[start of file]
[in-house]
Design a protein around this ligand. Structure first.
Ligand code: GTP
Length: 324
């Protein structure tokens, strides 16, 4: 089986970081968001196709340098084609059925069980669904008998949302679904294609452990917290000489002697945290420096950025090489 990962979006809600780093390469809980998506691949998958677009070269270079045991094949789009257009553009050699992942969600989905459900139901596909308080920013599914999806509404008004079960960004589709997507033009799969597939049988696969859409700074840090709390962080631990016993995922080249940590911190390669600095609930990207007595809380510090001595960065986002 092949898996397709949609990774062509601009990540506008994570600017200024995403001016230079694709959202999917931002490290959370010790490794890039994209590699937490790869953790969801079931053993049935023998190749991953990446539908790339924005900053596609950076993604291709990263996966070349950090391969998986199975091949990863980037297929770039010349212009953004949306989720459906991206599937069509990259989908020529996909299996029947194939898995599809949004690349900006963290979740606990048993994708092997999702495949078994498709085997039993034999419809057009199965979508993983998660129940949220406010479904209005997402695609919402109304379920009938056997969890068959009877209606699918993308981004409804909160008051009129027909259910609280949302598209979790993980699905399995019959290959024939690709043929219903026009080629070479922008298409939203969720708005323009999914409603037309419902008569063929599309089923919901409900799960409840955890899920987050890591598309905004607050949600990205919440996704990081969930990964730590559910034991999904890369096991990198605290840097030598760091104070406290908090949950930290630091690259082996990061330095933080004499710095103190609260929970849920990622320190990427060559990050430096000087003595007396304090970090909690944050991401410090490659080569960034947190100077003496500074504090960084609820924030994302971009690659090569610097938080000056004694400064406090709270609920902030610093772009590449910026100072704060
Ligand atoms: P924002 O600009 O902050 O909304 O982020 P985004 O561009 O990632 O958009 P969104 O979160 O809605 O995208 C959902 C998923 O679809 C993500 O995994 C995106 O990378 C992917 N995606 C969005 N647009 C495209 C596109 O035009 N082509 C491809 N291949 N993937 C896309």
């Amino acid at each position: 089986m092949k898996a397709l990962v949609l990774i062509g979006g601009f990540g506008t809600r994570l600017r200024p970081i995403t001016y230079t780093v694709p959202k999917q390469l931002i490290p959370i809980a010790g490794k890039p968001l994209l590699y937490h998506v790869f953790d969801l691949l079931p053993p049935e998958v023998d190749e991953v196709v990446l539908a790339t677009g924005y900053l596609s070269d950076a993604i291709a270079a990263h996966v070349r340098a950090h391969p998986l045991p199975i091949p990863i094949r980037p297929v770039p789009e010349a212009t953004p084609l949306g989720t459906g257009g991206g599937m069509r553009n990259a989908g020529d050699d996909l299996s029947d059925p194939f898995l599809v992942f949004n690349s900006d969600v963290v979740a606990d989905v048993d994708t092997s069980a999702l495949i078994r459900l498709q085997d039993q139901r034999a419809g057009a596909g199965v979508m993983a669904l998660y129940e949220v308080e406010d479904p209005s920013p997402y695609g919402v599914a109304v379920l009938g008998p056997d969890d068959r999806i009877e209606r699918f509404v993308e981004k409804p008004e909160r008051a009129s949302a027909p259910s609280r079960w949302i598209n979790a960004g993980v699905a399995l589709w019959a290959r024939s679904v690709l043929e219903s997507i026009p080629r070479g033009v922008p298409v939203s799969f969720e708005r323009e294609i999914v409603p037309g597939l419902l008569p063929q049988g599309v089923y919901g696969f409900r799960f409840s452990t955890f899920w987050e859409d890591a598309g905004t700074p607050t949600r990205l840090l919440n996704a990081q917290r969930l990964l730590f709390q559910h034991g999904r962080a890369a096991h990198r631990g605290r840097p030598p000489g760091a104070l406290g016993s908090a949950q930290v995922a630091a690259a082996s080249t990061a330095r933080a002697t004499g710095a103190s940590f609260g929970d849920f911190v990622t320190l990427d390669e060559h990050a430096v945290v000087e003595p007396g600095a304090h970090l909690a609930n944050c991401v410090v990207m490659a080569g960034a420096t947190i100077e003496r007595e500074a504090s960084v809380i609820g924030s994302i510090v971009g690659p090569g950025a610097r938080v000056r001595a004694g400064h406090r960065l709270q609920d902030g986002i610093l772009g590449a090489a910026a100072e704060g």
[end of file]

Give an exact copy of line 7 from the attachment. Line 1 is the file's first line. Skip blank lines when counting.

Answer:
């Amino acid at each position: 089986m092949k898996a397709l990962v949609l990774i062509g979006g601009f990540g506008t809600r994570l600017r200024p970081i995403t001016y230079t780093v694709p959202k999917q390469l931002i490290p959370i809980a010790g490794k890039p968001l994209l590699y937490h998506v790869f953790d969801l691949l079931p053993p049935e998958v023998d190749e991953v196709v990446l539908a790339t677009g924005y900053l596609s070269d950076a993604i291709a270079a990263h996966v070349r340098a950090h391969p998986l045991p199975i091949p990863i094949r980037p297929v770039p789009e010349a212009t953004p084609l949306g989720t459906g257009g991206g599937m069509r553009n990259a989908g020529d050699d996909l299996s029947d059925p194939f898995l599809v992942f949004n690349s900006d969600v963290v979740a606990d989905v048993d994708t092997s069980a999702l495949i078994r459900l498709q085997d039993q139901r034999a419809g057009a596909g199965v979508m993983a669904l998660y129940e949220v308080e406010d479904p209005s920013p997402y695609g919402v599914a109304v379920l009938g008998p056997d969890d068959r999806i009877e209606r699918f509404v993308e981004k409804p008004e909160r008051a009129s949302a027909p259910s609280r079960w949302i598209n979790a960004g993980v699905a399995l589709w019959a290959r024939s679904v690709l043929e219903s997507i026009p080629r070479g033009v922008p298409v939203s799969f969720e708005r323009e294609i999914v409603p037309g597939l419902l008569p063929q049988g599309v089923y919901g696969f409900r799960f409840s452990t955890f899920w987050e859409d890591a598309g905004t700074p607050t949600r990205l840090l919440n996704a990081q917290r969930l990964l730590f709390q559910h034991g999904r962080a890369a096991h990198r631990g605290r840097p030598p000489g760091a104070l406290g016993s908090a949950q930290v995922a630091a690259a082996s080249t990061a330095r933080a002697t004499g710095a103190s940590f609260g929970d849920f911190v990622t320190l990427d390669e060559h990050a430096v945290v000087e003595p007396g600095a304090h970090l909690a609930n944050c991401v410090v990207m490659a080569g960034a420096t947190i100077e003496r007595e500074a504090s960084v809380i609820g924030s994302i510090v971009g690659p090569g950025a610097r938080v000056r001595a004694g400064h406090r960065l709270q609920d902030g986002i610093l772009g590449a090489a910026a100072e704060g």